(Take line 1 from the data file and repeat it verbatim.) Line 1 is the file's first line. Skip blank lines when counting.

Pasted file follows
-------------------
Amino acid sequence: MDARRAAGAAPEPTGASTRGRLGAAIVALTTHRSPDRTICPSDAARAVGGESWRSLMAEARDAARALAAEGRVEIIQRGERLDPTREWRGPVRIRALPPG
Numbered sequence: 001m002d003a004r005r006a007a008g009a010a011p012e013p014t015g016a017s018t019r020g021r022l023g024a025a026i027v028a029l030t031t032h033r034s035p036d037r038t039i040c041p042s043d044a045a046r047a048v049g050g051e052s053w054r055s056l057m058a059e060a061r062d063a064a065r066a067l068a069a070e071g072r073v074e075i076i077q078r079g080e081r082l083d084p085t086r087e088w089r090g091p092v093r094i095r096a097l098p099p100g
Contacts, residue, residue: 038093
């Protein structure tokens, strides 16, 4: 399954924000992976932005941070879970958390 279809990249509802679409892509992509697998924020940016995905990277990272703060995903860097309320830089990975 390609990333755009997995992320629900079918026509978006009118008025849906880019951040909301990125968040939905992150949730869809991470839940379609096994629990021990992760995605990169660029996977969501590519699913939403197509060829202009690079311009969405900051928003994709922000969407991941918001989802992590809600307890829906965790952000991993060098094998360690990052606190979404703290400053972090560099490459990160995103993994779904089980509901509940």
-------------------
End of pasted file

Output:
Amino acid sequence: MDARRAAGAAPEPTGASTRGRLGAAIVALTTHRSPDRTICPSDAARAVGGESWRSLMAEARDAARALAAEGRVEIIQRGERLDPTREWRGPVRIRALPPG